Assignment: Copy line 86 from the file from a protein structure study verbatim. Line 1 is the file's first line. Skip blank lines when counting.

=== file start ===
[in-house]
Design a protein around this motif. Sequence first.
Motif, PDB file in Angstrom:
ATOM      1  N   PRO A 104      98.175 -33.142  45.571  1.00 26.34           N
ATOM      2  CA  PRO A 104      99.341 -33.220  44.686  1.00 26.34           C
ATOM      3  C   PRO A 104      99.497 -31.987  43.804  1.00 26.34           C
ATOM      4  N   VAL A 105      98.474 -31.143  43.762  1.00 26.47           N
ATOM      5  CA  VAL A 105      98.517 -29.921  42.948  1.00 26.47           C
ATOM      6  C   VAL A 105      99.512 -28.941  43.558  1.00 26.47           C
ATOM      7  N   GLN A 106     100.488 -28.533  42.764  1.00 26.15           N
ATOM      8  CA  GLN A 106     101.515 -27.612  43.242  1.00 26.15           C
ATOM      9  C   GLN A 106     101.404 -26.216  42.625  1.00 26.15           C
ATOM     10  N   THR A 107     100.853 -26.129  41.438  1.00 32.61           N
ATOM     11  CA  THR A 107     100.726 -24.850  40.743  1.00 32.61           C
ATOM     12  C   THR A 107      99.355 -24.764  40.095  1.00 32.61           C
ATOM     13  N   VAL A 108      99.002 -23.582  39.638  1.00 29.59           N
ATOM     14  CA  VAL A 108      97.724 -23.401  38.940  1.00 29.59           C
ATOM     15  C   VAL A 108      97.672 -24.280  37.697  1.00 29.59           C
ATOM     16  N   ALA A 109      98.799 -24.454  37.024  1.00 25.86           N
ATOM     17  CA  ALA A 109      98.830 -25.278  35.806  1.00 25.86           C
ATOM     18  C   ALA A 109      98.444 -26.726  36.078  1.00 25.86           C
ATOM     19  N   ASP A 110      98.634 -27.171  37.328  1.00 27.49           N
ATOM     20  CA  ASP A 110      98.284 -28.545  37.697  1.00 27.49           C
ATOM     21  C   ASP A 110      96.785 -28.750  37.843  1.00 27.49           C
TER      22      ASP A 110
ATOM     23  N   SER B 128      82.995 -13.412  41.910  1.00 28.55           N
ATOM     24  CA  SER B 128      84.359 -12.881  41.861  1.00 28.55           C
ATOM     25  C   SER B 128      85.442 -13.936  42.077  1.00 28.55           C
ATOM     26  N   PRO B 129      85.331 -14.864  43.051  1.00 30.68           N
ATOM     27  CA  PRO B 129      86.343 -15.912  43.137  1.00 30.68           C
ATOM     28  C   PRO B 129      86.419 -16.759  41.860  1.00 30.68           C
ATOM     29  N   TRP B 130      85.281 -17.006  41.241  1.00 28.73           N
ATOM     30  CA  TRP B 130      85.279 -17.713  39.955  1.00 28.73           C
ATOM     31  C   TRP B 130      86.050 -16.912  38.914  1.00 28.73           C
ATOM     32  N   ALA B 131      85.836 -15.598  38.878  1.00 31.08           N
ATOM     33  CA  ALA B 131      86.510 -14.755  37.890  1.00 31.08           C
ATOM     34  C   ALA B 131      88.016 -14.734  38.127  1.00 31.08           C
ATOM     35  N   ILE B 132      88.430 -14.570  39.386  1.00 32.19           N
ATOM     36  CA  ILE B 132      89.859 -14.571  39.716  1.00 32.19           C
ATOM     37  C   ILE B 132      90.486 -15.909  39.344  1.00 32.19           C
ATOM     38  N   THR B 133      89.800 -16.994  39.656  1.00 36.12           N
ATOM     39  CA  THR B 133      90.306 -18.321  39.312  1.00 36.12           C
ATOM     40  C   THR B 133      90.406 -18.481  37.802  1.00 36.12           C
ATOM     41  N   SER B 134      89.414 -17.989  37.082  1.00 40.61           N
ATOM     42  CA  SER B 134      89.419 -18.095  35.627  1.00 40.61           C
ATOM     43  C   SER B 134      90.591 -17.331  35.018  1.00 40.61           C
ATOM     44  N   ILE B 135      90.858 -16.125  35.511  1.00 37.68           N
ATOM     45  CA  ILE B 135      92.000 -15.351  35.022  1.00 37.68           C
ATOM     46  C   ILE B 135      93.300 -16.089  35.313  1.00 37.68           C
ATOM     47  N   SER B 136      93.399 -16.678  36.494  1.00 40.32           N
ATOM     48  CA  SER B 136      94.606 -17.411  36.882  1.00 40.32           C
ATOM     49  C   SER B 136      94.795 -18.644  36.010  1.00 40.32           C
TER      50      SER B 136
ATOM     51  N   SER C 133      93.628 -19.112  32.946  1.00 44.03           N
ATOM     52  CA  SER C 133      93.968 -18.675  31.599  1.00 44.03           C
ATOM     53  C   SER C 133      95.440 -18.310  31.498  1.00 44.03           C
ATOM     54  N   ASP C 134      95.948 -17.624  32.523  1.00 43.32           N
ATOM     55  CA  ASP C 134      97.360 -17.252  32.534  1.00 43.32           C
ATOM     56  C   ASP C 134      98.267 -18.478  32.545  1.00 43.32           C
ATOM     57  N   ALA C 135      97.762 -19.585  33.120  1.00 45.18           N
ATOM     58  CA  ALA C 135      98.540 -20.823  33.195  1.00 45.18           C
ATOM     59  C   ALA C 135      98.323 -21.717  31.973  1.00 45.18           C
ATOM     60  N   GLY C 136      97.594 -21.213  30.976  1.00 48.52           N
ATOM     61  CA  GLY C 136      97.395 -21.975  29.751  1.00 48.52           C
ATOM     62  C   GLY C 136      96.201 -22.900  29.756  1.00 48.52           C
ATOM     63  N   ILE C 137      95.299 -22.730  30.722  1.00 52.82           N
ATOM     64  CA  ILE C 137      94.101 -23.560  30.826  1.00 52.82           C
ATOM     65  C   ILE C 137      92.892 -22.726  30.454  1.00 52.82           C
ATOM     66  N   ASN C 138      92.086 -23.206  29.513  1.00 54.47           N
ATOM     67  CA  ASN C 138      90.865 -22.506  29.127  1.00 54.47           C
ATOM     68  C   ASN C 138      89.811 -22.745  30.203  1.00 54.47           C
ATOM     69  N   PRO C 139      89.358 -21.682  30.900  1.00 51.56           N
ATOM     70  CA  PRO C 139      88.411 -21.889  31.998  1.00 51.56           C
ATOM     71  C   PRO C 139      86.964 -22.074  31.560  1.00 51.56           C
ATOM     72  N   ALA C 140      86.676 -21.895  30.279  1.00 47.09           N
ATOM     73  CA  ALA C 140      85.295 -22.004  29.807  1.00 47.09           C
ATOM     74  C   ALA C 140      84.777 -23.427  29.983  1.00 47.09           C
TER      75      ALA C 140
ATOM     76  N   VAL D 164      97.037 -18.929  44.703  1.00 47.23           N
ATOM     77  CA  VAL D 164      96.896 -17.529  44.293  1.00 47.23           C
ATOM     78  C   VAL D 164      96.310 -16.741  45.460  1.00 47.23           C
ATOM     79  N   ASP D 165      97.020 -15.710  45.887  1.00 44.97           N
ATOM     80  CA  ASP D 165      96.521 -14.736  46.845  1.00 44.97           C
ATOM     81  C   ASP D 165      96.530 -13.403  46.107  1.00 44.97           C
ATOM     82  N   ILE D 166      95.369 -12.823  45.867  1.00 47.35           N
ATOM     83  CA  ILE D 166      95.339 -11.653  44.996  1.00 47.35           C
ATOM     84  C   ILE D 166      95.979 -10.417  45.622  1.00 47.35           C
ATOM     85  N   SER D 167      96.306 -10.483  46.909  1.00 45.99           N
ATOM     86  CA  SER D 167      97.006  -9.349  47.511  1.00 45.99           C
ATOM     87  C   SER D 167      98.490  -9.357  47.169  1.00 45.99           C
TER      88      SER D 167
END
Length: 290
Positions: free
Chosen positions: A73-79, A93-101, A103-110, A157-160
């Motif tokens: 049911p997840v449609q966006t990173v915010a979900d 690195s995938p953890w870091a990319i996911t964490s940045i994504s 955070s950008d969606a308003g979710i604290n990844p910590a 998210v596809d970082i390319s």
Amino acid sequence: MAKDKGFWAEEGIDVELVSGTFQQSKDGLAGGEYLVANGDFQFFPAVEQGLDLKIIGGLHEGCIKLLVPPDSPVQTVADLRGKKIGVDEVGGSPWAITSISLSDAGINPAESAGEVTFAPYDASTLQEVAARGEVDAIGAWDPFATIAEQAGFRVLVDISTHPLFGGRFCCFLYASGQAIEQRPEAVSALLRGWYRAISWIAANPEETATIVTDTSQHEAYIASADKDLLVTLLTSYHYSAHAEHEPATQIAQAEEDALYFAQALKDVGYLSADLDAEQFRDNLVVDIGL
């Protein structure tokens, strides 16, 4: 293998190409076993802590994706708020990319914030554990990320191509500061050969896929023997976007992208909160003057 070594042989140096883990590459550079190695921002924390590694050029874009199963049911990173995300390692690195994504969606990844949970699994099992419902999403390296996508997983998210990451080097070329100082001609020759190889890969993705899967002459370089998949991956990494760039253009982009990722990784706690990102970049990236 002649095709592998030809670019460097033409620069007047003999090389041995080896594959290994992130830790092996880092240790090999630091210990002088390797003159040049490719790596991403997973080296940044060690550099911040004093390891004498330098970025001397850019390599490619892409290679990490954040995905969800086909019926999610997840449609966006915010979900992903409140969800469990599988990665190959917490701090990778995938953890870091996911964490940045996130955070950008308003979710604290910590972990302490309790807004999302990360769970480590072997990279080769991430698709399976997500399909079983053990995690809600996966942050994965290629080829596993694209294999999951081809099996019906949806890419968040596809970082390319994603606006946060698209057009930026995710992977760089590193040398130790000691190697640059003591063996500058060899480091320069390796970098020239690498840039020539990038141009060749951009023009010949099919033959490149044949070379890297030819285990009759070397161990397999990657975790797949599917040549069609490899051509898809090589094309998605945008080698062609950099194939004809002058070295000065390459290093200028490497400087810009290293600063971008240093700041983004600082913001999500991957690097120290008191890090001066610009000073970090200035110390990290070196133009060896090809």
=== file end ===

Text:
ATOM     83  CA  ILE D 166      95.339 -11.653  44.996  1.00 47.35           C